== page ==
First and foremost, we hope that you and your family are well. Let’s take a few minutes to review what happened last week, what we think will happen this week and some advice for investors.
If you felt strong winds on Thursday afternoon, it was the collective exhale of investors after the Dow Jones surged 21.3% from Tuesday through Thursday. This represented the largest three-day gain since 1931. Even after a 4% decline on Friday, U.S. blue chip stocks ended with their best week since 1938, with a gain of 12.8%. To further summarize:
· Last week, the Dow Jones gained 12.8% and is now down 24.3% since January 1st
· The S&P 500 gained 10.6% on the week and is now down 21.3% since January 1st
· The Nasdaq gained 9.1% on the week and is now down 16.4% since January 1st
3.3 million Americans filed for unemployment - two times what analysts had expected. No doubt that many more Americans will file for unemployment in the coming weeks.
Why was last week so positive for stocks and bonds?
On Monday most stock indexes were down over 30% from just a month earlier and many investors felt the market was oversold. The expectation of a $2 trillion federal stimulus bill and additional liquidity provided by The Federal Reserve to the bond market encouraged investors to remain invested and increase their allocation to stocks and bonds. The aggregate bond market gained 3.3% for the week.
I understand Congress and the Fed have acted, but is there an analogy that can help me understand what it all means?
To best slow the spread of Covid-19 in the U.S. and support our existing healthcare system, Americans need to flatten the curve through social distancing. To comply with social distancing, businesses need to close and Americans must stay at home. This results in increased unemployment, a contracting global economy, and a possible recession.
Imagine our economy is suddenly a very sick patient. The $2 trillion Cares Act is a form of medicine for the patient, giving money to businesses and keeping people employed. The Federal Reserve lowered interest rates and provided liquidity to the bond markets through a bond-purchasing program. This is another form of medicine for the economy as it keeps borrowing costs low and will likely reduce unemployment. Publicly traded companies working together with the President to develop more Covid-19 testing and treatment options is yet another form of medicine for this very sick patient. None of these medicines work alone to make our economy immediately healthy, but all of these medicines will work together over time to ensure the patient will get better again.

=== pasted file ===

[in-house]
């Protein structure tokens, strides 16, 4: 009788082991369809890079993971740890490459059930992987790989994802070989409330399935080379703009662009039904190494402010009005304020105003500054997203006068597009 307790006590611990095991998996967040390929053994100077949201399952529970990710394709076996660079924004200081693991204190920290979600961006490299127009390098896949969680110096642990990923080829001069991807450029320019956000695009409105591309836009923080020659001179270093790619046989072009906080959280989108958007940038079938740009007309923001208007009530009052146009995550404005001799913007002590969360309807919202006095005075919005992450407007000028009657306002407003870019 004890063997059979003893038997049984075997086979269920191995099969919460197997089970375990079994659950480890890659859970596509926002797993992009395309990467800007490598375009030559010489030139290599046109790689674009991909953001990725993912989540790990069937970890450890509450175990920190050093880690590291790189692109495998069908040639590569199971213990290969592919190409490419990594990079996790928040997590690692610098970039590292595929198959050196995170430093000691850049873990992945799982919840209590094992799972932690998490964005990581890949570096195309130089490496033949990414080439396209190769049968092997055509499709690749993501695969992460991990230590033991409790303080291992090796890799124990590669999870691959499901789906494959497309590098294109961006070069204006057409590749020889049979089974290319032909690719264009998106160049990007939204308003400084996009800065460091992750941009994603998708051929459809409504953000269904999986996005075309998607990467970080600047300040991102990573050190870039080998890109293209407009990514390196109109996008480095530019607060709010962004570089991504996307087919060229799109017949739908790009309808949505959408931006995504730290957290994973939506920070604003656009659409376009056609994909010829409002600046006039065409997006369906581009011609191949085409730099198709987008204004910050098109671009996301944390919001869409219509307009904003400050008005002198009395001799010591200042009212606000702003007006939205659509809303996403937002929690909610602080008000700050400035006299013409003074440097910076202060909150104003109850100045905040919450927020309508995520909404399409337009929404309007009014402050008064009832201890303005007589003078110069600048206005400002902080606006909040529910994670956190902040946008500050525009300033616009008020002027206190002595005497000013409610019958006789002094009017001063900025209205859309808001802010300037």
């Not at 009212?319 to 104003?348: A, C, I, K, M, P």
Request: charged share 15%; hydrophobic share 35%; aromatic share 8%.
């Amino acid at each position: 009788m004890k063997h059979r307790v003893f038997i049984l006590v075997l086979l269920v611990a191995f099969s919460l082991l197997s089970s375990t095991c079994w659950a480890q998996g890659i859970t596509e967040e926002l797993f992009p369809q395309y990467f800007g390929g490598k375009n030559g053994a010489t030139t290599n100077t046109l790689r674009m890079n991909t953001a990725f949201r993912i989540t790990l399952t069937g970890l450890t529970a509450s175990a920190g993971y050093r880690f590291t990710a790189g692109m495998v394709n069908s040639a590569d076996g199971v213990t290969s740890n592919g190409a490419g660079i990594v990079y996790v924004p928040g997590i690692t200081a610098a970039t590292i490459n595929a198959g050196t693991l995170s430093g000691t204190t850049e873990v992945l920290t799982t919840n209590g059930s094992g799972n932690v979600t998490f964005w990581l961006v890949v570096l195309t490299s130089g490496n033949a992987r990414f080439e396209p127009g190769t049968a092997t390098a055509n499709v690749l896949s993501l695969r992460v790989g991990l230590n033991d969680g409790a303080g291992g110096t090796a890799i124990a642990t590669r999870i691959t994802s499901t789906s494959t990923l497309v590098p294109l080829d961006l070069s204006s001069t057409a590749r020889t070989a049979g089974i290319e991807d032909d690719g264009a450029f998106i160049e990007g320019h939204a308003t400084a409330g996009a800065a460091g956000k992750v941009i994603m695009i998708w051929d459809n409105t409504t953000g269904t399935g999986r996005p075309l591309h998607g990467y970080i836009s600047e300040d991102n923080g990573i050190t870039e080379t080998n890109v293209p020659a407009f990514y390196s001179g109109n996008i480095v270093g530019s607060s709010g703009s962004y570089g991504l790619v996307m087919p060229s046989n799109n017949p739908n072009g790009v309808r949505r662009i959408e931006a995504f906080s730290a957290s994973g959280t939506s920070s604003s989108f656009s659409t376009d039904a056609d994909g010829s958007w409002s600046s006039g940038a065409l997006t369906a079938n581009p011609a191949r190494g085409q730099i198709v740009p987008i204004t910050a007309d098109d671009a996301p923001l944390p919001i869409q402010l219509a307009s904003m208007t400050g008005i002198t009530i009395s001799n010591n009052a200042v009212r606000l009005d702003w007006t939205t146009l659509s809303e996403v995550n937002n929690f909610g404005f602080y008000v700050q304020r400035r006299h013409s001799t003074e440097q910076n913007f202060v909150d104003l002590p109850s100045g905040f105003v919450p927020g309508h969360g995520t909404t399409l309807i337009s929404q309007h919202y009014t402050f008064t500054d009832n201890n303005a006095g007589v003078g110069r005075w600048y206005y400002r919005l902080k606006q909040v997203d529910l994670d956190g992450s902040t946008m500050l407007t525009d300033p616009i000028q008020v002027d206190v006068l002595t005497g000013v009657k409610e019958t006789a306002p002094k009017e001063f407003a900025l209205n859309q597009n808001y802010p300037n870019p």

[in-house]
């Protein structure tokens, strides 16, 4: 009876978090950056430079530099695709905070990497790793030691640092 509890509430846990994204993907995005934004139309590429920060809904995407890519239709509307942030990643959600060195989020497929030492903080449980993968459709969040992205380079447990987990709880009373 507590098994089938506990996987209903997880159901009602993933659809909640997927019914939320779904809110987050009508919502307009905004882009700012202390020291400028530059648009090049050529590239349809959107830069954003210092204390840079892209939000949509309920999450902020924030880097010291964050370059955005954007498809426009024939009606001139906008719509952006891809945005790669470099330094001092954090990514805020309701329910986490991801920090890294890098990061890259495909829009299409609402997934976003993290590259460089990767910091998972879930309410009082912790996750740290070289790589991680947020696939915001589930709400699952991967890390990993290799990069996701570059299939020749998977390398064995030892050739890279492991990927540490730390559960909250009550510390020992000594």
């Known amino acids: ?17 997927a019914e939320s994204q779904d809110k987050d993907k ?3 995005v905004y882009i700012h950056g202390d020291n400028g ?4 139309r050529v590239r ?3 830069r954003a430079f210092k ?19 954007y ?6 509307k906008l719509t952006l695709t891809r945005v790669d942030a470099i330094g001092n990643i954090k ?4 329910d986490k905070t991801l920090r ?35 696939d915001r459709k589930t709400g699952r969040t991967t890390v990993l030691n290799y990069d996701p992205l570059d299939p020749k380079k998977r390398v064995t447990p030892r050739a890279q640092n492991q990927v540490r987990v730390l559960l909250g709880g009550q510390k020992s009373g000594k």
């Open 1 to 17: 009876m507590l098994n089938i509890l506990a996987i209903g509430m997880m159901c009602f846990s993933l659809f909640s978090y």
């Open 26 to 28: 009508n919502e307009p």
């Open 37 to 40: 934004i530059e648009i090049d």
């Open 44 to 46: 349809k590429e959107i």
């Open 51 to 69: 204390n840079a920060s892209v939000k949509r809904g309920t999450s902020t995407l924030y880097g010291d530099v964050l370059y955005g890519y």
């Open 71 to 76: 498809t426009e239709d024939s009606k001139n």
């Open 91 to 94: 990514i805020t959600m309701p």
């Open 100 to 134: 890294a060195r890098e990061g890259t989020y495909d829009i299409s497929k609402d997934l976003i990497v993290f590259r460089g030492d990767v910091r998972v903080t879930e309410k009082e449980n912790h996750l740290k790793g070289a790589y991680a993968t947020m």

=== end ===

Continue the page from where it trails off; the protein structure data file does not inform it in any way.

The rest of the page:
Has the stock market hit the bottom, and is the worst behind us?
Investors never know if a market has bottomed until after it happens. The fiscal and monetary support our economy received over the last two weeks was welcomed news. This week investors will focus again on the data relative to new Covid-19 cases in the U.S. If the number of new cases exceeds expectations, then investors will anticipate a delay in economic recovery and stocks could certainly retest their lows. Bear markets (a 20% decline or more for stocks) always end in recession and there is no doubt our economy is shrinking. While markets could retest their lows again from last week, investors should begin to position their portfolios for the inevitable recovery.
Advice for Investors
With stock markets down approximately 20% for the year, and the bond market up only slightly since January 1, most portfolios have drifted from their original targets. For example, a portfolio that should be 60% stocks and 40% bonds may now be closer to 50% stocks and 50% bonds due to market movement. If the client’s long-term financial plan called for them to be 60/40, then adjustments need to be made.
A rebalance from 50/50 back to 60/40 for this hypothetical investor is likely the smart long-term move. To do so, they should sell a bit of the bonds that have appreciated and buy a bit of the stock investments that have declined. As a result, they will have repurchased stocks at a lower price than they were earlier in the year and bring themselves back to 60/40.
Timing a market and planning a rebalance can be a difficult endeavor. With the Fed and Congress acting, there is now support for our economy and businesses and we believe a rebalance now makes sense. The rebalance can be done in one large step or in several small ones. In either case, investors need to be thinking long-term, and a portfolio rebalance is a normal strategy for long-term investors.
As mentioned in previous emails, it is ok to feel scared or nervous when reading the unsettling headlines. However, it is not ok to panic in your portfolio and sell unnecessarily if you are a long-term investor. The best days in the market often happen when we least expect them. Tuesday’s 11.4% increase in the Dow Jones came just as many nervous investors may have already thrown in the towel.
Our thoughts continue to be with health care workers on the front lines taking care of our fellow Americans. Wishing you and yours a healthy week.
Matthew A. Somberg, AIF®
Accredited Investment Fiduciary®
Co- Founder and Principal